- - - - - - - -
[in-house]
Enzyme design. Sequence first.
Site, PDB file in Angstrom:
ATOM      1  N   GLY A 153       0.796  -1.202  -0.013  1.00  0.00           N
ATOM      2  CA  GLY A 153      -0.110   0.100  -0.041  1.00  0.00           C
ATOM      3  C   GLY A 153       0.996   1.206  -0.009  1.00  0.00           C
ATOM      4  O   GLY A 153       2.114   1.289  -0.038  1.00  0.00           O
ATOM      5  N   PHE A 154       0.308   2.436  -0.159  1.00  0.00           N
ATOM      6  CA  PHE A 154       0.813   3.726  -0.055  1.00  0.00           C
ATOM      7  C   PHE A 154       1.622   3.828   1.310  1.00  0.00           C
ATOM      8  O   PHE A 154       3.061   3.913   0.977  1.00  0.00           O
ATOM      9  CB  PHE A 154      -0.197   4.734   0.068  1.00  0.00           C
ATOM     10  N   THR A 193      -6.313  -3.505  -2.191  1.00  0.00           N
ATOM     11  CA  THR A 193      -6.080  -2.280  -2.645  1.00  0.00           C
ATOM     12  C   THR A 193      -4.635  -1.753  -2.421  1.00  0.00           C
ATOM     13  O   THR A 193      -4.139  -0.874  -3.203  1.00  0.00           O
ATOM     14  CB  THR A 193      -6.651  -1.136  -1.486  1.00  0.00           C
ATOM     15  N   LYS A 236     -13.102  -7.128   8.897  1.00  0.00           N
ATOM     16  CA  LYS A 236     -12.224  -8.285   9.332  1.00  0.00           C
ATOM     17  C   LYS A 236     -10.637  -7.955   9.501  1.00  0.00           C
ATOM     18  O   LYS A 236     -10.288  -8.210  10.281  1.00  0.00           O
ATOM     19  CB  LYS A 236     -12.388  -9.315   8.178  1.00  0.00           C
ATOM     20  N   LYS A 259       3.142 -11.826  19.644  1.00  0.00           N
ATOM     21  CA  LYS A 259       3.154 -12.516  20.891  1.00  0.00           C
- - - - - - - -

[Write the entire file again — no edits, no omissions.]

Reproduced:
[in-house]
Enzyme design. Sequence first.
Site, PDB file in Angstrom:
ATOM      1  N   GLY A 153       0.796  -1.202  -0.013  1.00  0.00           N
ATOM      2  CA  GLY A 153      -0.110   0.100  -0.041  1.00  0.00           C
ATOM      3  C   GLY A 153       0.996   1.206  -0.009  1.00  0.00           C
ATOM      4  O   GLY A 153       2.114   1.289  -0.038  1.00  0.00           O
ATOM      5  N   PHE A 154       0.308   2.436  -0.159  1.00  0.00           N
ATOM      6  CA  PHE A 154       0.813   3.726  -0.055  1.00  0.00           C
ATOM      7  C   PHE A 154       1.622   3.828   1.310  1.00  0.00           C
ATOM      8  O   PHE A 154       3.061   3.913   0.977  1.00  0.00           O
ATOM      9  CB  PHE A 154      -0.197   4.734   0.068  1.00  0.00           C
ATOM     10  N   THR A 193      -6.313  -3.505  -2.191  1.00  0.00           N
ATOM     11  CA  THR A 193      -6.080  -2.280  -2.645  1.00  0.00           C
ATOM     12  C   THR A 193      -4.635  -1.753  -2.421  1.00  0.00           C
ATOM     13  O   THR A 193      -4.139  -0.874  -3.203  1.00  0.00           O
ATOM     14  CB  THR A 193      -6.651  -1.136  -1.486  1.00  0.00           C
ATOM     15  N   LYS A 236     -13.102  -7.128   8.897  1.00  0.00           N
ATOM     16  CA  LYS A 236     -12.224  -8.285   9.332  1.00  0.00           C
ATOM     17  C   LYS A 236     -10.637  -7.955   9.501  1.00  0.00           C
ATOM     18  O   LYS A 236     -10.288  -8.210  10.281  1.00  0.00           O
ATOM     19  CB  LYS A 236     -12.388  -9.315   8.178  1.00  0.00           C
ATOM     20  N   LYS A 259       3.142 -11.826  19.644  1.00  0.00           N
ATOM     21  CA  LYS A 259       3.154 -12.516  20.891  1.00  0.00           C